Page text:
Monday, March 15, 2021
Jim Davis - Florida Catholic
Photography: JIM DAVIS | FC
WESTON | "GIVES UP SEVEN MILLION!" screamed a headline in 1889. Katharine Drexel's decision, shortly after the death of her wealthy father, seemed madness in upper-class Philadelphia.
She didn't care. She was spending the money on what she wanted: schools and missions for disadvantaged Native Americans and southern Blacks.
Her generosity and compassion, plus her founding of a religious order, eventually earned her the title of St. Katharine Drexel, whose feast falls on March 3.
The family into which Katharine was born in 1858 was wealthy, privileged and well connected. The family lived on a 90-acre estate and traveled in a private railroad car. Her father, Francis Anthony Drexel, was an international banker. Her uncle, A.J. Drexel, founded Drexel University in Philadelphia. Katharine had an excellent education, traveled widely and enjoyed a rich social life.
Her deeply Catholic family also imparted a social conscience in her, with their blend of faith and philanthropy. Her father spent a half-hour each night in prayer. He and his wife opened their home to the poor each week, giving out money, clothing, blankets, medicine and other necessities. They also endowed schools and churches for the underprivileged in southern and western states.
The Drexels' comfortable life was shaken as Katharine nursed her mother through a battle with cancer, which the mother finally lost after three years. Katharine saw that even wealth was no shield against pain or death.
The young woman had been shaken also by her tours in the American South and West, witnessing the poverty and lack of opportunities for Blacks and Native Americans. After her father died in 1885, she expanded the family's aid to the impoverished minorities.
A pivotal moment came in 1887 during an audience with Pope Leo XIII in Rome. She asked the Holy Father to send nuns to staff her mission schools. To her shock, he said: "Why don’t you become a missionary?"
After some consideration, Katharine joined the Sisters of Mercy in Philadelphia; then she founded her own order, the Sisters of the Blessed Sacrament, dedicated to serving Blacks and Native Americans. In getting the new group approved in Rome, she relied on advice from another future saint: Mother Frances Cabrini, founder of her own charitable order.
Her sisters threw themselves into a huge development campaign, founding dozens of schools, missions and convents with tribes as diverse as the Navajo in Arizona, the Sioux in the Dakotas, and the Pueblo in New Mexico. They also launched 50 schools for southern and western Blacks, including Xavier University in New Orleans — the first Catholic university in the United States for African Americans.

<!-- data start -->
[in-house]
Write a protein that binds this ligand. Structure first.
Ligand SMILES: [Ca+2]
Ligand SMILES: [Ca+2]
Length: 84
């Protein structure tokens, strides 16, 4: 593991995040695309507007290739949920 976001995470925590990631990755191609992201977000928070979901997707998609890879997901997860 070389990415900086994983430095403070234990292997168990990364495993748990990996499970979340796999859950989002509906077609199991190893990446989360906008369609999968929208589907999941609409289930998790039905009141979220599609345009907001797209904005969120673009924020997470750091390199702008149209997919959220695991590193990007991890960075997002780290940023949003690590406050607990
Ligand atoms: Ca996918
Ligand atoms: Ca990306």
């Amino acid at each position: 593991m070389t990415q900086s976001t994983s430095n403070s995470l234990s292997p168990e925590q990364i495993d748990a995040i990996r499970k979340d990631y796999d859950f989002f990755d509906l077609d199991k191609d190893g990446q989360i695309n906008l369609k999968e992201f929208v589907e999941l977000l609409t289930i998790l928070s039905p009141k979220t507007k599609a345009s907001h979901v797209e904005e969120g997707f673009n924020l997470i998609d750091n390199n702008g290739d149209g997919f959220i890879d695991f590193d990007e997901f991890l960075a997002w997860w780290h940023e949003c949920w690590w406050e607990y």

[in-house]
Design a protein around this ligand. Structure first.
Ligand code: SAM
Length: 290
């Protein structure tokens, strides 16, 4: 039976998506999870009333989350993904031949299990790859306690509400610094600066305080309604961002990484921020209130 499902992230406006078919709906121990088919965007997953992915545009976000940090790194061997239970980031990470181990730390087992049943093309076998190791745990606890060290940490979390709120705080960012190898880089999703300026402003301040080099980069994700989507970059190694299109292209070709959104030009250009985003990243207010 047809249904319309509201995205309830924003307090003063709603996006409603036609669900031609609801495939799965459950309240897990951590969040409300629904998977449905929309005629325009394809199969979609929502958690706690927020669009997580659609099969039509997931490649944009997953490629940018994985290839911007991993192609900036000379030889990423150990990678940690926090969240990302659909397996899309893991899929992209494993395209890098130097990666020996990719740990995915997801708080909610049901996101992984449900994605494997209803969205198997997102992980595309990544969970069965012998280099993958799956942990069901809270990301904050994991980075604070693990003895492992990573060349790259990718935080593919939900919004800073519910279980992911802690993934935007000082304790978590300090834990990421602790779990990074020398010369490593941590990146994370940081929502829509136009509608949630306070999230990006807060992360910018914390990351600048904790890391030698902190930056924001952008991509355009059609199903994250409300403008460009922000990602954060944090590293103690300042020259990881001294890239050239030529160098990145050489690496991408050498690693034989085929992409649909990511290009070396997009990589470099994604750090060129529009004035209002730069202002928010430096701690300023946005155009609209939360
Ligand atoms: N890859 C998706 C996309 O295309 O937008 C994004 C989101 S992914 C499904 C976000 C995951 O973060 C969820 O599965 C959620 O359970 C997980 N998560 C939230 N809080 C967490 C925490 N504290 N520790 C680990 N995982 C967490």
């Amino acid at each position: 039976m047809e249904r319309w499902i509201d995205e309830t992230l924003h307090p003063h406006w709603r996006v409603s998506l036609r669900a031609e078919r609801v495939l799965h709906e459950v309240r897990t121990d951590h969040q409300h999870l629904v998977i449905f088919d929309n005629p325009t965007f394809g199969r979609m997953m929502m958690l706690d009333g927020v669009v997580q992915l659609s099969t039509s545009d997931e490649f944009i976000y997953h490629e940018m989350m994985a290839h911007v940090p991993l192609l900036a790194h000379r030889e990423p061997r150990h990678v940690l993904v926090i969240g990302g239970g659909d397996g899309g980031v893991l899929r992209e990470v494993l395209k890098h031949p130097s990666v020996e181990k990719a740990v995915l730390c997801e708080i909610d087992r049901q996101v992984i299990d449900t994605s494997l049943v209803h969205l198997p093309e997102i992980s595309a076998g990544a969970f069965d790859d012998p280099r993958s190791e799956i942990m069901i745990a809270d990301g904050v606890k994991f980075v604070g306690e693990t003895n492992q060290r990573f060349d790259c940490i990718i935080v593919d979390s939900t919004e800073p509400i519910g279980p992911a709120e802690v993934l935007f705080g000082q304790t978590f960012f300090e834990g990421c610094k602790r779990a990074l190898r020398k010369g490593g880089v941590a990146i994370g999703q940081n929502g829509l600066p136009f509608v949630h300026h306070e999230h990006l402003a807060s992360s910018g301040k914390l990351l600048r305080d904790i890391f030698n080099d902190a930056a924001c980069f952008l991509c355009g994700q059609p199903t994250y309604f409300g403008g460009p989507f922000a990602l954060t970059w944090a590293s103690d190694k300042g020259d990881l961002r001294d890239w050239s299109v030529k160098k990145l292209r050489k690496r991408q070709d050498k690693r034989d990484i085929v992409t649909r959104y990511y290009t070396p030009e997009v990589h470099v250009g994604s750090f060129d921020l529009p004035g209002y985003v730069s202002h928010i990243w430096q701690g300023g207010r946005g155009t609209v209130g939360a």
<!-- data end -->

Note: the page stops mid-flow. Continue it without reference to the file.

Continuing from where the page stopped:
Mother Katharine, as she preferred to be called, was tireless in advocating the rights of Blacks and Native Americans as well. She supported petitions to Congress to increase aid to reservations schools and started a letter-writing campaign for a federal law against lynching. Her activism drew occasional arson and a threat by the Klan in Texas.
Only a heart attack at 77 forced Mother Katharine's retirement. Even then, her vocation was literally close to her heart. She lived another 19 years in a small room overlooking a mission sanctuary, praying and writing.
Although there are no official figures, St. Katharine Drexel may have given away nearly $20 million over her lifetime, according to the Washington, D.C.-based Philanthropy Roundtable — which would come out to more than a half-billion dollars today.
By her death in 1955 at the age of 96, there were more than 500 Blessed Sacrament Sisters teaching in 63 schools. She was canonized by Pope John Paul II in 2000, the second native-born American to be declared a saint — after another 19th century educator, St. Elizabeth Ann Seton.
For her twin goals of benevolence and leveling social barriers, St. Katharine Drexel is the patron saint of racial justice and philanthropy.
At Mother Katharine's namesake parish in Weston one distinctive is the lack of statues and stained glass. Instead, the walls are filled with Greek-style icons — a special love of Father Paul Edwards, who served the church as pastor from its founding in 2001 until his death in 2006.
Visitors who gaze up in the narthex can see the circular Christos Pantocrator, or Christ the All-Ruler, a common icon for the underside of Orthodox church rotundas. Behind the altar is Our Lady of the Sign, an icon-within-an-icon embodying the concept that Mary's womb was a holy sanctuary while she carried the unborn Jesus. Mother Katharine herself is honored in an icon.
Some of the artworks were first installed in an office park, where the church worshiped from 2002 to 2014. When St. Katharine Drexel finally got its own home in 2014, the members carefully pried the icons from the walls and moved them to the new 18,000-square-foot building. Several new icons have been added since then.
In 2010, after being served by several priests, the church got its current pastor, Father Enrique Delgado, a businessman who was called to the priesthood after years as an industrial engineer in Peru. He continues his pastorate at St. Katharine Drexel after his appointment in 2017 as auxiliary bishop of Miami.